My husband and I started shopping for a home in February 2022, which was a tough time to be a first-time homebuyer.
Early on, we found ourselves eating up nuggets of wisdom from others. Our parents had advice, but even though they were experienced homeowners, they hadn’t bought homes in about 30 years. Even our friends, who had bought homes in the last five years or less, didn’t seem to understand what kind of position we were in as homebuyers right now.
Everyone had the best intentions in giving us advice, but we quickly realized that we were going to have to figure out some things on our own. Here are three common home-buying tips that didn’t work for us.
1. Negotiate with the seller
My favorite thing was when I would tell people that I was interested in a house, but it would need some repairs. Their response was usually along the lines of, “You can probably negotiate with the seller for them to make some of the repairs before you move in.”
It’s like when I tell someone I have
, and they say, “Oh, have you tried yoga?” Your heart might be in the right place, but you have no idea what’s going on.
The US is a seller’s market right now, which means that there are more people buying homes than there are homes for sale. Advice about negotiating with the seller assumes you have leverage as the buyer. And in a seller’s market, you lose a lot of your leverage because you’re usually competing with a lot of other people who might have higher offers, earlier closing dates, or fewer contingencies than you.
My friends and family may have had success negotiating their house prices or repairs, but we didn’t have that option.
2. Never buy without an inspection
Normally, I would say this is a solid piece of advice. If you skip a home inspection, you might find out after it’s too late that the house has major problems that will be expensive to fix — and you may not have bought the house had you known about those issues. An inspection protects the buyer.
But in many housing markets in the US (including the one where I live), having an inspection contingency in your offer all but guarantees the seller won’t choose you.
When a seller accepts an offer with an inspection contingency, you as the buyer can legally back out of the sale if the inspection shows serious problems, such as a crumbling foundation. You would also get your earnest money deposit back, which is a percentage of your
you make upfront.
If your offer is exactly the same as another person’s but theirs waives the inspection contingency, their offer is a safer bet for the buyer. It means there’s less of a chance that the buyer will cancel the contract.
Thankfully, my husband and I were able to get pre-offer inspections on homes we considered. These are similar to regular inspections, but they take place before you make an offer and help you decide whether you want to buy a home. But because homes are flying off of the market, there isn’t always time for a pre-offer inspection. You might view a house on a Friday and have to make an offer by Saturday, and there’s no time to schedule one.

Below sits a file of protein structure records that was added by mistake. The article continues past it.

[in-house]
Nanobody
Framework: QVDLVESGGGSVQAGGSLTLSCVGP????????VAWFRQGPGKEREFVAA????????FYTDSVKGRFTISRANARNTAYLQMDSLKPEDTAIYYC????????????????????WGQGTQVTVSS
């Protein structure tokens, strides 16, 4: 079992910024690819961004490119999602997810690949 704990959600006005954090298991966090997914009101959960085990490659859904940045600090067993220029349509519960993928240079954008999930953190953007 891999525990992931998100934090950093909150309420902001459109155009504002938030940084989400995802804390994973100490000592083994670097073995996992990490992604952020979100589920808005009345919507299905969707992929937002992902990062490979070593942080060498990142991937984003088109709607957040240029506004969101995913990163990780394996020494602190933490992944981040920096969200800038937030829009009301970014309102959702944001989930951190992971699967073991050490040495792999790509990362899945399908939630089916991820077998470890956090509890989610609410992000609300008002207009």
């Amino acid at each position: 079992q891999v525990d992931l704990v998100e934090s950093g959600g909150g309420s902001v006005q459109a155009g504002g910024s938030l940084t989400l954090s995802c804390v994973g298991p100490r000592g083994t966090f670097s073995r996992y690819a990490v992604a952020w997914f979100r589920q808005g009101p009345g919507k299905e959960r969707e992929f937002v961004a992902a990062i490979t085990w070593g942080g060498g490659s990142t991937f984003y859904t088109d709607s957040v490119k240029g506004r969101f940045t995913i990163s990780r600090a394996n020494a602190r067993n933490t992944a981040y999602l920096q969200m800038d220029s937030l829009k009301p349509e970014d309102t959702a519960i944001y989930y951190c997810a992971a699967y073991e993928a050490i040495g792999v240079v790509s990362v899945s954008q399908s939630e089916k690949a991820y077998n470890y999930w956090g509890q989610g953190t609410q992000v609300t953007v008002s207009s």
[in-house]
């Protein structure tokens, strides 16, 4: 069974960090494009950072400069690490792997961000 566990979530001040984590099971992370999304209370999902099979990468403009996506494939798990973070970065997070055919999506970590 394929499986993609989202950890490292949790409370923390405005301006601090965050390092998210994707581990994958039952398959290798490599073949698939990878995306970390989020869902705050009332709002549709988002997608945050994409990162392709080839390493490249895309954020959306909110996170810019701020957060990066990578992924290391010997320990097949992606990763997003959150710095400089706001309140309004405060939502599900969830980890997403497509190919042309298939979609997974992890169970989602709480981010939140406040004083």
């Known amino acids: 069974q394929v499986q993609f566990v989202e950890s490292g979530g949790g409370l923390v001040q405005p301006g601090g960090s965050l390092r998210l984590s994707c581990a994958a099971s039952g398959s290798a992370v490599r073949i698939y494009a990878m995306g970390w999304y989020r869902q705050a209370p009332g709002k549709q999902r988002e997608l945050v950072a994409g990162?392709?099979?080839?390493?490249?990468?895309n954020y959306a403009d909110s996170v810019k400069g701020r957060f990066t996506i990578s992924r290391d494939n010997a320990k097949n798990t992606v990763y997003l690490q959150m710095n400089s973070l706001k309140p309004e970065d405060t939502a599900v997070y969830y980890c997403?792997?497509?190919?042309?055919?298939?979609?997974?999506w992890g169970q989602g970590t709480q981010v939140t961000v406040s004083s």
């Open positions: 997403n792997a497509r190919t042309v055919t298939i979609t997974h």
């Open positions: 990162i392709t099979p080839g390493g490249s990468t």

That said, I have two friends in other parts of the US who were able to schedule regular inspections — it all depends on where you are buying.
If skipping an inspection or pre-inspection is a deal breaker for you, that’s OK. A year ago, I would have silently judged someone who told me they bought a home without getting an inspection. Today, I would nod empathetically and give them a pat on the back.
3. Make a large down payment
This is a piece of advice I’ve just kind of heard “around” over the years, rather than specifically from my family and friends. Especially because I grew up in a community that loved Dave Ramsey, a personal finance personality who insists on putting at least 20% down. (But of course, paying in all cash is preferable, Ramsey says.)
But home prices have skyrocketed over the last year, so having a 20% down payment was simply unrealistic for us. We would have had to save for years, and by then, home prices would probably be even higher — and we’d just have to save some more.
Besides having more equity in your home, the main perk of a 20% down payment is that you don’t have to pay for private mortgage insurance when you buy. But because my husband and I both had strong credit scores, our PMI only costs a little over $100 per month. I’d rather pay around $100 per month than save another 10 years for a house and not build any equity in that time.
I also always assumed a large down payment would majorly lower my monthly payments — but that wasn’t necessarily the case. To put down, say, 7% instead of 6%, we would have to put down an extra $4,000. But it would have only saved us around $30 on principal and interest each month.
In the end, we made the minimum down payment of 3%. If we had put down 5%, our interest rate and PMI would have decreased a little bit, making for a slightly lower monthly payment. But we agreed that we’d rather keep money in our emergency fund and retirement accounts than withdraw it for a slightly larger down payment. I have zero regrets about making such a small down payment.